Written by listed counsellor/psychotherapist: Catharine Douglas - Crystal Clarity Counselling MBACP
11th March, 20150 Comments
There seems to have been a lot written about self-harm in the media of late. 1st March was Self-harm Awareness Day. Different charities and organisations came together to support one another. These charities support those who self-harm and their families, loved ones and friends.
What is self-harm, and what causes it?
- Bulimia and anorexia
- Cutting or slicing ones wrists, thighs and arms, but can include any part of the body.
- Alcohol addiction.
- Drug addiction, which can include illegal drugs.
Self-harming can be a release from internal pain that the person is feeling. They may feel they have no outlet, and that self-harming is a way to relieve their feelings. It can mean they have such a lot of emotional pain, they don’t know how else to relieve it.
Those that self-harm can be suffering from:
- Lack of self-esteem and loneliness.
- Abusive childhoods.
- Sexual abuse.
Self-harm is often done in secret, and harmers go to great lengths to hide their actions. Some wear long sleeved clothes to hide the cuts on their arms. Others wear long skirts or long trousers to hide cuts on their legs.
Those who drink alcohol to excess will often drink in secret, and often hide empty bottles around the house, to be disposed of outside. They might chew gum to disguise the smell of alcohol, or use mouthwash. To hide the excessive drinking, they will drink maybe one or two drinks, and comment on how quickly the alcohol has affected them.
Those suffering with eating disorders, will eat a meal, and go to the bathroom to vomit afterwards. Or say they have already eaten to hide the fact they are not eating much.
Some self-harmers have said that when they cut themselves they can feel the pain, and it helps with the internal pain they are suffering. Others have said it feels like a release of pain, making them feel euphoric and in control of their life, when everything else seems uncontrollable.
There can be a belief that self-harmers, particularly those that cut their skin, are attention seeking. This is not always the case, and for those that are judged in this way, it can be extremely hurtful to be thought of in that way. Some people that self-harm worry they will be judged as crazy, and worry they will be placed in a mental health unit or sectioned.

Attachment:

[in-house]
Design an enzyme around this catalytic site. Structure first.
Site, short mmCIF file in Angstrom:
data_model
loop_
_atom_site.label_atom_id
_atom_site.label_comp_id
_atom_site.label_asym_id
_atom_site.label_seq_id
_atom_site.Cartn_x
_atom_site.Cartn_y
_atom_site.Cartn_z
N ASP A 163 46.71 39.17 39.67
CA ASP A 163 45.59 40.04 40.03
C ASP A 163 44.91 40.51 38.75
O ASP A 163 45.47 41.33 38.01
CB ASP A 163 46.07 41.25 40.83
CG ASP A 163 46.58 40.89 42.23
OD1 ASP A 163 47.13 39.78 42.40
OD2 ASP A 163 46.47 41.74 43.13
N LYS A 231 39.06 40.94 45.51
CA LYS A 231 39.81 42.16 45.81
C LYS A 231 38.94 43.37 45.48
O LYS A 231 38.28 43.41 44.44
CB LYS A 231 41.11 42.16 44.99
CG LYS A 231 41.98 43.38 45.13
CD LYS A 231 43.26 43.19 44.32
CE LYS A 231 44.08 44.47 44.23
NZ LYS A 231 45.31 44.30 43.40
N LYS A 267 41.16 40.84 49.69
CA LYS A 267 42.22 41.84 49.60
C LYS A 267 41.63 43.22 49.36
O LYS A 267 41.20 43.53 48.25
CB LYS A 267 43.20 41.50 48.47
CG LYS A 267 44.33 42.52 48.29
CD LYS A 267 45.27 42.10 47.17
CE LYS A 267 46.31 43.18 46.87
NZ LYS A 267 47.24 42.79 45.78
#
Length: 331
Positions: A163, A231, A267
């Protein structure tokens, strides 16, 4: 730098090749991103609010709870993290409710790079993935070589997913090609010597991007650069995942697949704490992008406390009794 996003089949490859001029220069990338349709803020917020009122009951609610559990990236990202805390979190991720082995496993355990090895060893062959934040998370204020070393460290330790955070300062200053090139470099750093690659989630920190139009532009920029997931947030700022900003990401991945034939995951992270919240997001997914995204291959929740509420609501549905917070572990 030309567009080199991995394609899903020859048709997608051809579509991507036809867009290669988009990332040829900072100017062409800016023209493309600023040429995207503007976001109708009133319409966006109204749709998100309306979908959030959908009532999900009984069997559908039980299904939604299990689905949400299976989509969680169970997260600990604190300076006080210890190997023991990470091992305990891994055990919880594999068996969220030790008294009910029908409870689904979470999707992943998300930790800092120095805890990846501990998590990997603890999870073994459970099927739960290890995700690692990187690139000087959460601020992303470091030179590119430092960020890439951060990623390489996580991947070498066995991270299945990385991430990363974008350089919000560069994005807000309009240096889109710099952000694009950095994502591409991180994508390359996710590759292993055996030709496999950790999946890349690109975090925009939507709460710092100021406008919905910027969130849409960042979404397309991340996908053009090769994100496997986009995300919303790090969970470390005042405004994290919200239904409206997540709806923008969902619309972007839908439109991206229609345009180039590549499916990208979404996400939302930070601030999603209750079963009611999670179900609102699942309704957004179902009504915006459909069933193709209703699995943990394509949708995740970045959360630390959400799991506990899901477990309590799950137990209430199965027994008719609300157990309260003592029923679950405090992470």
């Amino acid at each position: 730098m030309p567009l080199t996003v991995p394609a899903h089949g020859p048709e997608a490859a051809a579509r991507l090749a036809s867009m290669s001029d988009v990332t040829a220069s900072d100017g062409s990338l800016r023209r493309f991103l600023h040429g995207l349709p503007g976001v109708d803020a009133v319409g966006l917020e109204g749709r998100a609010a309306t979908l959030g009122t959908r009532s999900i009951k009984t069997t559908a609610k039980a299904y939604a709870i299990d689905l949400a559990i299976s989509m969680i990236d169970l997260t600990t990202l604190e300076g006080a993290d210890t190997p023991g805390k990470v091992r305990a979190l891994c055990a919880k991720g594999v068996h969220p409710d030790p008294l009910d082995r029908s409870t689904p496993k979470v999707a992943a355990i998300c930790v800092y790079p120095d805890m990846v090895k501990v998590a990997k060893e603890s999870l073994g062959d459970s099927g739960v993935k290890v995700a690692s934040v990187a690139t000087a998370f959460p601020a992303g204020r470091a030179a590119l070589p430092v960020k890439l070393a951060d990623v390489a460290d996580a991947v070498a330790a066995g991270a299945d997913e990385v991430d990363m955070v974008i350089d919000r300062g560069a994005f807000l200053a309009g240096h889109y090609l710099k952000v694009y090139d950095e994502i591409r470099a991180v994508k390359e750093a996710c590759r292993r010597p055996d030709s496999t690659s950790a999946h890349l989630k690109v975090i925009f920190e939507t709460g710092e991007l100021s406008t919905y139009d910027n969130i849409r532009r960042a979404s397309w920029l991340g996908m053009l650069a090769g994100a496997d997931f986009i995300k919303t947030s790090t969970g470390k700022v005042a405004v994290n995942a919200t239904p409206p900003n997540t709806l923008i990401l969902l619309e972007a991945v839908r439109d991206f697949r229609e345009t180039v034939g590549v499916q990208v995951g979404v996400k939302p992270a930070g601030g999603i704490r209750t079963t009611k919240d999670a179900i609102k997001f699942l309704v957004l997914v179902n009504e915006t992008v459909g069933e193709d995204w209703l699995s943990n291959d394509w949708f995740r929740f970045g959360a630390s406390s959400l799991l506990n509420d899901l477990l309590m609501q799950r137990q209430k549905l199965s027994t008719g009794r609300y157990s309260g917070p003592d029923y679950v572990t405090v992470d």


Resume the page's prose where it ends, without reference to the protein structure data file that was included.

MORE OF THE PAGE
The anxiety that self-harm can often bring strong feelings of anxiety, worthlessness and in some cases thoughts of suicide. It can just all seem too much, and that there is no way out. Who can help? Who will understand, and not judge?
Some self-harmers start writing blogs online, and find they gain support and understanding from fellow harmers. Other self-harmers contact charities or organisations supporting self-harm, and gain support. There has been some criticism of these blogs as some say it can glorify self-harming. But, most self-harmers express how much support they gain, and the feeling they are not alone.
Counselling can help those that self-harm. Working through the causes of self-harm, can really help. You’ll be able to work through at a pace that suits you, why you self-harm, and help you to come to terms with any issues that are affecting you, and maybe causing you to self-harm.
About the author
Catharine is an experienced person centred counsellor, who has worked with clients who have self-harmed. Catharine also had experience of working with depression, anxiety, low self-esteem, domestic violence, forced marriage, arranged marriage, loss and bereavement.
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- Self-harm - what is it?
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